Chills. You are truly an inspiration, Jessica! So who do you look up to? 

Jessica: My parents.  They married when they were 19 and were together until my Dad passed away.  They were entrepreneurs so they also worked together most of their lives.  My Dad was all charisma and ideas and my Mom was the organization and brains.  They were a perfect complementary pair who failed at business over and over again until their last venture, which was quite successful.  I love how different they are, and how they made that work for them.  They also taught me the importance of hard work, of being tenacious and of valuing the people around you.

You’re getting us really fired up about where SoFi and the Fintech industry is going. What excites you the most about the future?

Jessica: I love that the Fintech industry is making what has traditionally been considered financial services for the elite, more accessible to everyone.  I love that SoFi is on the front lines, and that I get the opportunity to work with creative and smart people to help pave that road.  I also love how flexible and agile SoFi is.  If we see an opportunity, we go after it.  We don’t let the bureaucracy or the “we tried this once and it didn’t work” get in the way.  And there is value in iterating, which means we get to improve over and over again, to create more and more value for our Members.  It’s a win for our Members and for our employees.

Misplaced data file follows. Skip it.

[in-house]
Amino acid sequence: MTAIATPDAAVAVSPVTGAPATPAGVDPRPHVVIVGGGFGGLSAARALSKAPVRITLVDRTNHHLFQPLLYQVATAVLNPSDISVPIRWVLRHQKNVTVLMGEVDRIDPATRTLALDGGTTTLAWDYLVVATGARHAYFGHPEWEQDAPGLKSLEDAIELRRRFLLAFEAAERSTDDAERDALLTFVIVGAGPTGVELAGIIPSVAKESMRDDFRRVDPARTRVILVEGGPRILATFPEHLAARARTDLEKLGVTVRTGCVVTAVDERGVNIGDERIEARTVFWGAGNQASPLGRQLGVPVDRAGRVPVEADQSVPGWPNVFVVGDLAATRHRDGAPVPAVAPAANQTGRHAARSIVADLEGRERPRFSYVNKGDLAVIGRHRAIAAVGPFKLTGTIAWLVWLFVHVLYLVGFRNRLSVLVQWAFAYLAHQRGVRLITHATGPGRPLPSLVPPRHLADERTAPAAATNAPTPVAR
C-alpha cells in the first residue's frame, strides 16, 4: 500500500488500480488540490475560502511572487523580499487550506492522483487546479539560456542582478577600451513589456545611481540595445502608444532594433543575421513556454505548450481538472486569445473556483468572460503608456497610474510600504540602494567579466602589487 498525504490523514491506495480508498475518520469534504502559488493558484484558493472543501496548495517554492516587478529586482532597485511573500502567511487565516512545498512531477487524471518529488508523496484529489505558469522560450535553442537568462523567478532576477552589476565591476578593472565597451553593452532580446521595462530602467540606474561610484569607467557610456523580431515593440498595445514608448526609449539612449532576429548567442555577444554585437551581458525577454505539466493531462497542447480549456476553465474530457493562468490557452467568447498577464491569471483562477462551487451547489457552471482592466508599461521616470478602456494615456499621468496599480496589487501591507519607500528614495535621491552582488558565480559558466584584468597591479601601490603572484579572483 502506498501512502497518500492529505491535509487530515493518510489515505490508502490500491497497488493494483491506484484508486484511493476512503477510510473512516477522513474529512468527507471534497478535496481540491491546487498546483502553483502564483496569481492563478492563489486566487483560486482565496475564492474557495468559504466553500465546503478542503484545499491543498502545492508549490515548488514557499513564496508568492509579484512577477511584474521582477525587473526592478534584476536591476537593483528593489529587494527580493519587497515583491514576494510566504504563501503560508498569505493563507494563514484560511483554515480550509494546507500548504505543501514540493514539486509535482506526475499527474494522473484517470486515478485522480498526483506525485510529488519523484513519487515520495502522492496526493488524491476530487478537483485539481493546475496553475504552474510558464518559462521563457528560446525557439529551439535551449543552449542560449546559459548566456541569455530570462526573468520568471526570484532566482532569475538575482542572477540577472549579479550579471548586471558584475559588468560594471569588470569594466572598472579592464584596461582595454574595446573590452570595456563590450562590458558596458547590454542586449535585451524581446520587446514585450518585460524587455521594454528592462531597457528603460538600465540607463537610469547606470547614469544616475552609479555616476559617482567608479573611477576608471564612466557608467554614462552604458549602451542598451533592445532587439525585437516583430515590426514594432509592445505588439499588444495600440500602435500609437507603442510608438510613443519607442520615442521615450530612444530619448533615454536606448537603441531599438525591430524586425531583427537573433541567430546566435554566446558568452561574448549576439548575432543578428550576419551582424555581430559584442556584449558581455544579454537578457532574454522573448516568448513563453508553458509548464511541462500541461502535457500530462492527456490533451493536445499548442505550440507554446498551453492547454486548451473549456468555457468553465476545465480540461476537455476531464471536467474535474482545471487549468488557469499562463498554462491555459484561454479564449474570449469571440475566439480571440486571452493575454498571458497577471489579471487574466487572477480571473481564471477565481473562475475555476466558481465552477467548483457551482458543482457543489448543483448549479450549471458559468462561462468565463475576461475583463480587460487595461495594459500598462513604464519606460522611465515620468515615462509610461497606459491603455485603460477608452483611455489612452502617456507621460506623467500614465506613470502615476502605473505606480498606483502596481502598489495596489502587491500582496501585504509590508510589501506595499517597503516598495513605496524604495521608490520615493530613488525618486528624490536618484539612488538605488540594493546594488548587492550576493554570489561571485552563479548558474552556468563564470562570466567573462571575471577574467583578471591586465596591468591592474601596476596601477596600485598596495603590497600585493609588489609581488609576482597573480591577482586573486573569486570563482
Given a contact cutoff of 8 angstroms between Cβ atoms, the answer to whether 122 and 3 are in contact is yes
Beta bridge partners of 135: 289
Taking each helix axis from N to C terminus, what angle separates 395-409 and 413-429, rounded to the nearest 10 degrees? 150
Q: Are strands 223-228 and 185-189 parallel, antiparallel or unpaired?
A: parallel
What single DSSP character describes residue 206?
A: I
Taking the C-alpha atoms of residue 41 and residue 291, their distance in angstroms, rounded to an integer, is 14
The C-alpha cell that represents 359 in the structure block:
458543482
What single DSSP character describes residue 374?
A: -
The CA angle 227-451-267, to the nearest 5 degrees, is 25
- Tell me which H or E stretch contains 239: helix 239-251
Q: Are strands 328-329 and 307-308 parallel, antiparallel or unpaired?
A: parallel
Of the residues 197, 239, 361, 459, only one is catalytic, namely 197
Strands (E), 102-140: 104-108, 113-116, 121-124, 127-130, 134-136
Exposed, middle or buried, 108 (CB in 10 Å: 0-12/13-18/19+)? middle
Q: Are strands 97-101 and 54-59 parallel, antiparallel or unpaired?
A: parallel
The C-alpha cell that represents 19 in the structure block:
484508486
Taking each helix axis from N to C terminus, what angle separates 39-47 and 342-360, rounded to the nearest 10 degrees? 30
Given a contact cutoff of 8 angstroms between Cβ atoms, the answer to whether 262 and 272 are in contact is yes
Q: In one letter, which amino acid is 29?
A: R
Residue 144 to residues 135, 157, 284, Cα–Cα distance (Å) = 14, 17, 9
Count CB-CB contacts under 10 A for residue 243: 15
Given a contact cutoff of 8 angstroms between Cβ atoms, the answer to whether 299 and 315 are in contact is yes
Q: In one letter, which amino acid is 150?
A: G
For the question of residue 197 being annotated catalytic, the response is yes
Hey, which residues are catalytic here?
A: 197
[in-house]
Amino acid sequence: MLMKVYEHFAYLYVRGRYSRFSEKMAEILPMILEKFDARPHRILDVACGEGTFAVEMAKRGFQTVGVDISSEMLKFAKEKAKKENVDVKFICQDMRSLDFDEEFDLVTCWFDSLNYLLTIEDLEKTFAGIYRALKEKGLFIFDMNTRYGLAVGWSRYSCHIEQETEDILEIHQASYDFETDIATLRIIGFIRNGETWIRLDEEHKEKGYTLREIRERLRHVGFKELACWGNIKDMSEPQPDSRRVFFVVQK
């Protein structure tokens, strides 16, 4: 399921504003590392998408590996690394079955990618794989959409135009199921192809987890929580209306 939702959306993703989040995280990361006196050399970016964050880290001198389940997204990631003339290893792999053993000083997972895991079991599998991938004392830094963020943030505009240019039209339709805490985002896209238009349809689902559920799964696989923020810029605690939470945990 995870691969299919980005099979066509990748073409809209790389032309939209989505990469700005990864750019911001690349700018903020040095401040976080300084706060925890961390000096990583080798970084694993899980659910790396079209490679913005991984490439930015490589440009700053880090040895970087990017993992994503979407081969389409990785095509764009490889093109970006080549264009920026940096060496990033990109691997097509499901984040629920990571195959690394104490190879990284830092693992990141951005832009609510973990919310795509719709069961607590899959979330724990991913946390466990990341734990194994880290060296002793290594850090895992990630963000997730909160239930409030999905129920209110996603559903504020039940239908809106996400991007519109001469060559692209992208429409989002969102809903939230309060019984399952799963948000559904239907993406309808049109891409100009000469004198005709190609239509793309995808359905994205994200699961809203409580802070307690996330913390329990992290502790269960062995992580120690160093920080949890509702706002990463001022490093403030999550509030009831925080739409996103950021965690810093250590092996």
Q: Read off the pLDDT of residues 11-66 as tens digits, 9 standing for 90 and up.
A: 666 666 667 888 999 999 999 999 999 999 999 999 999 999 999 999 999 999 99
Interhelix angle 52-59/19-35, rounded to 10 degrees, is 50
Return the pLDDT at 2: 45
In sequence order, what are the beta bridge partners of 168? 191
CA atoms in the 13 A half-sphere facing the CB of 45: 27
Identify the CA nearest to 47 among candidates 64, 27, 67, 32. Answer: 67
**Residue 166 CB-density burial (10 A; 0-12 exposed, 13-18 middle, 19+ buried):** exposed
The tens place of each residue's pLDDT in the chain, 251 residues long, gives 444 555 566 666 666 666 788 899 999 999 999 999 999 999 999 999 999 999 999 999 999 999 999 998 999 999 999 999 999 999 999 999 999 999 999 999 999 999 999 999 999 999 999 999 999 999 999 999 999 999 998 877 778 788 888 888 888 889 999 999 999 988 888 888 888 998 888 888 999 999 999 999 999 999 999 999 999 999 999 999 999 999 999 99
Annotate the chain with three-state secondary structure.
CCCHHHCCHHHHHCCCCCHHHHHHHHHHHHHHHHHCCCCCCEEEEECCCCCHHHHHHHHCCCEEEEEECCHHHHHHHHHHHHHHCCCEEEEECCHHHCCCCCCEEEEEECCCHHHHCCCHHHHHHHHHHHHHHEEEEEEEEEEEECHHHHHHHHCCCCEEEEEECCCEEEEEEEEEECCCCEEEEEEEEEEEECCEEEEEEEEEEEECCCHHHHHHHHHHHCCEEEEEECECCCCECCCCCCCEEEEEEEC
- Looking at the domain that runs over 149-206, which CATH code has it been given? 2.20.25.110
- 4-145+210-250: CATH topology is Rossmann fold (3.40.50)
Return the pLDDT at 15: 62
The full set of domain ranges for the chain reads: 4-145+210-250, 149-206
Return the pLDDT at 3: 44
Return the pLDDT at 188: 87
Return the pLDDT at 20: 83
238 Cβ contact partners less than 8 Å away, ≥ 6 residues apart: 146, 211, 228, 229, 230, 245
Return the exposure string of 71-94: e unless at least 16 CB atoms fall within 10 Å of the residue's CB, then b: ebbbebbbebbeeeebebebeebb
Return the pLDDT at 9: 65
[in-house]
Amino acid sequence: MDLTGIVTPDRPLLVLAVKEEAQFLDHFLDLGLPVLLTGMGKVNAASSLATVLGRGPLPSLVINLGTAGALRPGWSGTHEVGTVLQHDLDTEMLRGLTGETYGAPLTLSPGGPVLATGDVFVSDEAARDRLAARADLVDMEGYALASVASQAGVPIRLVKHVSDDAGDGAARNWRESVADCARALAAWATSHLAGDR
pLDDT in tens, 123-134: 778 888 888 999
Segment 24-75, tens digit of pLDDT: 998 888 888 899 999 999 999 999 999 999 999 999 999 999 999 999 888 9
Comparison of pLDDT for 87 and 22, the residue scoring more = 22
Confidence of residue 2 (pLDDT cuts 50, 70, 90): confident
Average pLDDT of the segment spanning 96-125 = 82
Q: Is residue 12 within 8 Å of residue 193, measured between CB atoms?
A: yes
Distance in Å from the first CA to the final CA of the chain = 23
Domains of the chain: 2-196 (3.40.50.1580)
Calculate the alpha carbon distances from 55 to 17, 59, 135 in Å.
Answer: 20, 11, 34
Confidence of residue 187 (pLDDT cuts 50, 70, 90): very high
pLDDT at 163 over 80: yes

SoFi is lucky to have leaders like you who truly care. Thank you for sharing your perspective with us! 

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The individual featured is a SoFi employee. Their personal experiences, obviously, do not take into account your own specific objectives, financial situation, and needs. Results will vary.

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Kari Scheidt, Talent Brand @ SoFi